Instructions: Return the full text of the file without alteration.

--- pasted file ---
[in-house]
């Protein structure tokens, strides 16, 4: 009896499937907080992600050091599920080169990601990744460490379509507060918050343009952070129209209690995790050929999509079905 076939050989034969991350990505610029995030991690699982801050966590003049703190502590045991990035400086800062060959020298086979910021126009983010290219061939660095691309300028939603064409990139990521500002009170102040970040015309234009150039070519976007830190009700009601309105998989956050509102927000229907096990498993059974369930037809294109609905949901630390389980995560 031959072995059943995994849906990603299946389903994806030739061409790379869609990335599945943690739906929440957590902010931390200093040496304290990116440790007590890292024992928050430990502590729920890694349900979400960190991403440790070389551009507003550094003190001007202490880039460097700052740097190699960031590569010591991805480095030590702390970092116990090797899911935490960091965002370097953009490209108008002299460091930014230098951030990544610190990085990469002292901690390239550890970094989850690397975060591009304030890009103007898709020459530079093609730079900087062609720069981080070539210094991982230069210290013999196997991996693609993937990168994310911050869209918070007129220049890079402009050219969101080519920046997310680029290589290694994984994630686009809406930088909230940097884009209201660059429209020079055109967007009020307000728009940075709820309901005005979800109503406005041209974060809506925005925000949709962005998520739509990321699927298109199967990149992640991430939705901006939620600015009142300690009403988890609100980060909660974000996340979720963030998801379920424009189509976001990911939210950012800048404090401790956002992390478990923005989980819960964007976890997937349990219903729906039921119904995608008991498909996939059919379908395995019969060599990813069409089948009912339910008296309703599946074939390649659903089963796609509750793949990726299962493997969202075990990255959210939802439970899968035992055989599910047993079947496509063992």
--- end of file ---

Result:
[in-house]
């Protein structure tokens, strides 16, 4: 009896499937907080992600050091599920080169990601990744460490379509507060918050343009952070129209209690995790050929999509079905 076939050989034969991350990505610029995030991690699982801050966590003049703190502590045991990035400086800062060959020298086979910021126009983010290219061939660095691309300028939603064409990139990521500002009170102040970040015309234009150039070519976007830190009700009601309105998989956050509102927000229907096990498993059974369930037809294109609905949901630390389980995560 031959072995059943995994849906990603299946389903994806030739061409790379869609990335599945943690739906929440957590902010931390200093040496304290990116440790007590890292024992928050430990502590729920890694349900979400960190991403440790070389551009507003550094003190001007202490880039460097700052740097190699960031590569010591991805480095030590702390970092116990090797899911935490960091965002370097953009490209108008002299460091930014230098951030990544610190990085990469002292901690390239550890970094989850690397975060591009304030890009103007898709020459530079093609730079900087062609720069981080070539210094991982230069210290013999196997991996693609993937990168994310911050869209918070007129220049890079402009050219969101080519920046997310680029290589290694994984994630686009809406930088909230940097884009209201660059429209020079055109967007009020307000728009940075709820309901005005979800109503406005041209974060809506925005925000949709962005998520739509990321699927298109199967990149992640991430939705901006939620600015009142300690009403988890609100980060909660974000996340979720963030998801379920424009189509976001990911939210950012800048404090401790956002992390478990923005989980819960964007976890997937349990219903729906039921119904995608008991498909996939059919379908395995019969060599990813069409089948009912339910008296309703599946074939390649659903089963796609509750793949990726299962493997969202075990990255959210939802439970899968035992055989599910047993079947496509063992």